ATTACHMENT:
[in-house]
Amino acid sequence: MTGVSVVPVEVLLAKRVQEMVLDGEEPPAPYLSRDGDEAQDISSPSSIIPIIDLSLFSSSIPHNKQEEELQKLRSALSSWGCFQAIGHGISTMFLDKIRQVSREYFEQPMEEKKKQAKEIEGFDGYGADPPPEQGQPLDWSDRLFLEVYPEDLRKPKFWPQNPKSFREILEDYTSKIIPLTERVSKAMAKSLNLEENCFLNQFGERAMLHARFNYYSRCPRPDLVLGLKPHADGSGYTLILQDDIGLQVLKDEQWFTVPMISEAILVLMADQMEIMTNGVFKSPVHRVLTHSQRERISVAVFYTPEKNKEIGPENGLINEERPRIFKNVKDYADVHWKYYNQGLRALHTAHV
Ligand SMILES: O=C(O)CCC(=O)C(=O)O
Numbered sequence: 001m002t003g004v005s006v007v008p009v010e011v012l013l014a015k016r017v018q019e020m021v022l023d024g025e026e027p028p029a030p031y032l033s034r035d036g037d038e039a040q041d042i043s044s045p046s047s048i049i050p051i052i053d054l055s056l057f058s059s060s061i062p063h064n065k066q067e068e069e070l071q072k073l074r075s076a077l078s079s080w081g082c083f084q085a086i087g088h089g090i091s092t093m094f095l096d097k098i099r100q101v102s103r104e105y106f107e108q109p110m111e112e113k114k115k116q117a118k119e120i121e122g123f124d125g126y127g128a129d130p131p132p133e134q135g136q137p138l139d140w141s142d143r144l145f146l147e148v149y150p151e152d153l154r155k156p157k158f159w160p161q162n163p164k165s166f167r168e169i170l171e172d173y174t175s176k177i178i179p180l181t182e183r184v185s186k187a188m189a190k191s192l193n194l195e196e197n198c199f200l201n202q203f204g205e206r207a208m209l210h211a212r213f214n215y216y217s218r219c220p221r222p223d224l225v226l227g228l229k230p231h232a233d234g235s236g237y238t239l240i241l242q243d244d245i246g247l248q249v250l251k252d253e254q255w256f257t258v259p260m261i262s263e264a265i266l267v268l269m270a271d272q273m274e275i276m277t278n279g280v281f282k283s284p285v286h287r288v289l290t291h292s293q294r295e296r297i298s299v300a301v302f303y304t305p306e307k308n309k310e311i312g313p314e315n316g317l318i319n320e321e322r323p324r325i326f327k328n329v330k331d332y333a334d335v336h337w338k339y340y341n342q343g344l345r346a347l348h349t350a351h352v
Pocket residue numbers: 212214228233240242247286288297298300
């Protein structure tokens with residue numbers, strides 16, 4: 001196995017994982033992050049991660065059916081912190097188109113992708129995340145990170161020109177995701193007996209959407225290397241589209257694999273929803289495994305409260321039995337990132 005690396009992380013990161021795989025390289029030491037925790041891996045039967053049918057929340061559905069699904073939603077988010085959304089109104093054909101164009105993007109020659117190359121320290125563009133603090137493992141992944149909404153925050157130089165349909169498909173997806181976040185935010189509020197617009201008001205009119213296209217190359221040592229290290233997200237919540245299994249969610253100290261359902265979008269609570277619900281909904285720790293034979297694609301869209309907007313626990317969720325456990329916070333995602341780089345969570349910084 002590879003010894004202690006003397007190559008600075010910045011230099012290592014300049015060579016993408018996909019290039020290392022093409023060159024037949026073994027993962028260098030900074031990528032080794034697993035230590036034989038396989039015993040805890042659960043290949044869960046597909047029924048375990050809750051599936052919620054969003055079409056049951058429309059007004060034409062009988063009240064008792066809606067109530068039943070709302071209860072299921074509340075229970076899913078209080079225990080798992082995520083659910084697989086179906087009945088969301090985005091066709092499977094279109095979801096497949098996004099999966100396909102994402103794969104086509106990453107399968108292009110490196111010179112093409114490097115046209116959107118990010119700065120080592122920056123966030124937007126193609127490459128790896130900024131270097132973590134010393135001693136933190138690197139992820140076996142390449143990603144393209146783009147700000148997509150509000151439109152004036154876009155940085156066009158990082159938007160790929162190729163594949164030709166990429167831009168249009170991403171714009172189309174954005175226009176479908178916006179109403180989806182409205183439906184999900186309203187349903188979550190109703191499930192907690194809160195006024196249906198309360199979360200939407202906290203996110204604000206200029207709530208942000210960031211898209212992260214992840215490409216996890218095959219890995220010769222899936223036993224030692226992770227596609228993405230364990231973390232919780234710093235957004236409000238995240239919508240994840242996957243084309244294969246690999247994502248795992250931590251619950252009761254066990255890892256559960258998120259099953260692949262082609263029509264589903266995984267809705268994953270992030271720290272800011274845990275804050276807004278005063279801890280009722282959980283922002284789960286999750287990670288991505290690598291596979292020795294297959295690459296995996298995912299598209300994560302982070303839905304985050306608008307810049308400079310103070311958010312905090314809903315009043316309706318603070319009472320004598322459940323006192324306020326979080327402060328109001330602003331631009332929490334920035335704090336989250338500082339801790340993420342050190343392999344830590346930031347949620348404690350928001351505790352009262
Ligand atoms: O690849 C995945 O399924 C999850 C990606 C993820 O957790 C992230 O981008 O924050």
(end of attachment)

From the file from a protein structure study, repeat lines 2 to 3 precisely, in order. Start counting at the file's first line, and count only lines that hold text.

Amino acid sequence: MTGVSVVPVEVLLAKRVQEMVLDGEEPPAPYLSRDGDEAQDISSPSSIIPIIDLSLFSSSIPHNKQEEELQKLRSALSSWGCFQAIGHGISTMFLDKIRQVSREYFEQPMEEKKKQAKEIEGFDGYGADPPPEQGQPLDWSDRLFLEVYPEDLRKPKFWPQNPKSFREILEDYTSKIIPLTERVSKAMAKSLNLEENCFLNQFGERAMLHARFNYYSRCPRPDLVLGLKPHADGSGYTLILQDDIGLQVLKDEQWFTVPMISEAILVLMADQMEIMTNGVFKSPVHRVLTHSQRERISVAVFYTPEKNKEIGPENGLINEERPRIFKNVKDYADVHWKYYNQGLRALHTAHV
Ligand SMILES: O=C(O)CCC(=O)C(=O)O